Whenever anyone who owns a boa mentions to a non reptile owner that they keep boa constrictors, the listener always assumes that the owner has a huge and dangerous constrictor, threatening life and limb of the family, and within a few minutes the old story of the snake lying down next to its owner to size it up is trotted out.
Of course most boas are much smaller than popular imagination would have it, and some not much bigger than grass snakes or small adders.
We have a number of small constrictors in our collection, of which perhaps the tropidophis melanurus, or Cuban giant dwarf boa, is the smallest, reaching less than 3 foot in length.
These are a difficult snakes to get feeding when juvenile but are rewarding to keep.
We also have Chilabothrus Fordii, or Haitian Ground Boa. These achieve about 3 foot in adulthood. These are a very slender snake, and again difficult to get started on frozen food.
Showing the fantastic colours of one of our CB15 Honey Bs, a Peter’s Type B Colombian x Barranquilla Cross, produced by Buddy Young.
Our female CB15 Surinam, with interesting tail markings.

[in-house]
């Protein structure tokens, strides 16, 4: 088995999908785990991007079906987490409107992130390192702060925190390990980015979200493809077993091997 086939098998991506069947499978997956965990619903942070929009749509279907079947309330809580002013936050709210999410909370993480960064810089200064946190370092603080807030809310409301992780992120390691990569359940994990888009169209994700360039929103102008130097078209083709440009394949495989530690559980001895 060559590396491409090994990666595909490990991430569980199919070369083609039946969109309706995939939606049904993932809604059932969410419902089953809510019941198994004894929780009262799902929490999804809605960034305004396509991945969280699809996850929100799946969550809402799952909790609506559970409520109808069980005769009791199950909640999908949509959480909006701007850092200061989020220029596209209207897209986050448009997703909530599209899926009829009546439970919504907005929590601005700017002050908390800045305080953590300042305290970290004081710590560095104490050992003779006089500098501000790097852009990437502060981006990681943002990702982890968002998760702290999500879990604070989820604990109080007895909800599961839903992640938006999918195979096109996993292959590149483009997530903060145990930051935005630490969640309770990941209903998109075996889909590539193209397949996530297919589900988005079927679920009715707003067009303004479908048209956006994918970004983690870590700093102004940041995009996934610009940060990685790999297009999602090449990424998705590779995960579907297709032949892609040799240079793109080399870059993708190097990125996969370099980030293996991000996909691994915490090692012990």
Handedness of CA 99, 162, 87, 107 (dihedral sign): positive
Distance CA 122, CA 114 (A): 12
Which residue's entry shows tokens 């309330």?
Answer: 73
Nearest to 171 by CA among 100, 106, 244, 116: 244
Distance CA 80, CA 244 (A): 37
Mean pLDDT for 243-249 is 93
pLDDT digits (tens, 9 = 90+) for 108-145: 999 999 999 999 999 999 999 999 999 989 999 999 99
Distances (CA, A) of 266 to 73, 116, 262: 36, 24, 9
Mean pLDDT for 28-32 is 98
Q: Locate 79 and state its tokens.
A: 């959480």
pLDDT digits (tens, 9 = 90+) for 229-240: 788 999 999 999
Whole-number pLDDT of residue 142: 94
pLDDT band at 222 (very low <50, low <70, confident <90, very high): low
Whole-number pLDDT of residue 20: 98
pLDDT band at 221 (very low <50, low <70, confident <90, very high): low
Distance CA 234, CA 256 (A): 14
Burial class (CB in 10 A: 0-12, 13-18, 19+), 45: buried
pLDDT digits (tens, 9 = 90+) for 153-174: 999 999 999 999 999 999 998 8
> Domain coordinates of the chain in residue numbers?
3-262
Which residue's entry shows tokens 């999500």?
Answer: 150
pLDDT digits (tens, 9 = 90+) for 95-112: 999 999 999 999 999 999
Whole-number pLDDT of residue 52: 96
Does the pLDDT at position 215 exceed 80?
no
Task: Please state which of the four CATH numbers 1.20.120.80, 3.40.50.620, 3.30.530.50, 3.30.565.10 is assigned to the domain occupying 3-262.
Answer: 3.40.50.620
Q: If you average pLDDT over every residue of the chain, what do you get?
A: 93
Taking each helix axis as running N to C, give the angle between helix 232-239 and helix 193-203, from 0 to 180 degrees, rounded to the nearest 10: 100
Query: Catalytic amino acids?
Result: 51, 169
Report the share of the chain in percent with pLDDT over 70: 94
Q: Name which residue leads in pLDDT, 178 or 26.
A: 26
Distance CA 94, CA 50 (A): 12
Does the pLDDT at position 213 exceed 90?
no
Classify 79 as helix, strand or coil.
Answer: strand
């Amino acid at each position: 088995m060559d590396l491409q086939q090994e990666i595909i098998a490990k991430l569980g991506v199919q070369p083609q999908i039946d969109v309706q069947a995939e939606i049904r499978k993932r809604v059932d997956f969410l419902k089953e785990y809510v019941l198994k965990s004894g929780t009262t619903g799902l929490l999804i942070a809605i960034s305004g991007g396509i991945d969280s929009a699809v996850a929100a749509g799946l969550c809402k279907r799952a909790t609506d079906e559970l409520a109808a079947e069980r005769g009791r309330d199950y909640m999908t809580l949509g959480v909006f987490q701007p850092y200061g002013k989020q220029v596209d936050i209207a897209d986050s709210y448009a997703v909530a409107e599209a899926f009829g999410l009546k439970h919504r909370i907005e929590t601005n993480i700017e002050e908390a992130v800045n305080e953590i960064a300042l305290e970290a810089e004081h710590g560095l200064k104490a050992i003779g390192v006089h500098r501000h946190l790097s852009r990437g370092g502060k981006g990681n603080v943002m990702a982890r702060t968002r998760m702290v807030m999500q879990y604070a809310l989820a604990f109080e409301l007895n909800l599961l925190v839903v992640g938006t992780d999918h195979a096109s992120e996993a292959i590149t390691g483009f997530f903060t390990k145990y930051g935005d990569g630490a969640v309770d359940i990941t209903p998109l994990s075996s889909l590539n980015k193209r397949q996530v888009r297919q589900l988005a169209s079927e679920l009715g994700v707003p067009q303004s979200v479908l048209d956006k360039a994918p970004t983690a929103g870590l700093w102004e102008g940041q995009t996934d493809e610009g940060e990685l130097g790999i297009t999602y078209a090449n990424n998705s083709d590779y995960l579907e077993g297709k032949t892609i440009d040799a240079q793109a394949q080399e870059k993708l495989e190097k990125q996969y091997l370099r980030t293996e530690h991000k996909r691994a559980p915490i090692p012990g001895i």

We have high hopes for our Venezuelan BCC. Our CB2013 Apure are developing nicely, and hopefully should be ready, able and willing to breed by 2018.
Pictured below is our male CB15 BCC from south of Caracas.
We currently have for sale the following
CB2015 0.0.8 Caulker Cay
0.04 Hog Island
0.08 Spotted Pythons
1.0 Hypo Motley
CB2014 3.3 Ecuador BCI
1.1 Normal Sand Boa
CB2013 1.0 Bolivian Amarali (can be paired with a CB2015 BCA, unrelated)
1.0 Tarahumara Mountain Boa
CB2012 1.0 100% het sharp, 66% het Khal
1.0 Jungle Carpet Python
We will be at Hamm in September, and may be able to get a delivery to Doncaster. Otherwise collection/courier from East London
Email firstname.lastname@example.org for pictures and prices in £ or €, discounts available for multiples.
Our pair of Guyana BCC, bred by Wolfgang Buchhorn, are growing well. The female, as expected, is much larger than the male and is beginning to turn brown. The male still has quite a grey look to him.
Perhaps the most well known boa from Honduras is the Hog Island, which, unsurprisingly comes from the Islands off Honduras. There are also mainland Honduran Boas, and also from nearby Islands, the Roatan Firebelly and the La Bahia.
We are lucky enough to have a female La Bahia Tiger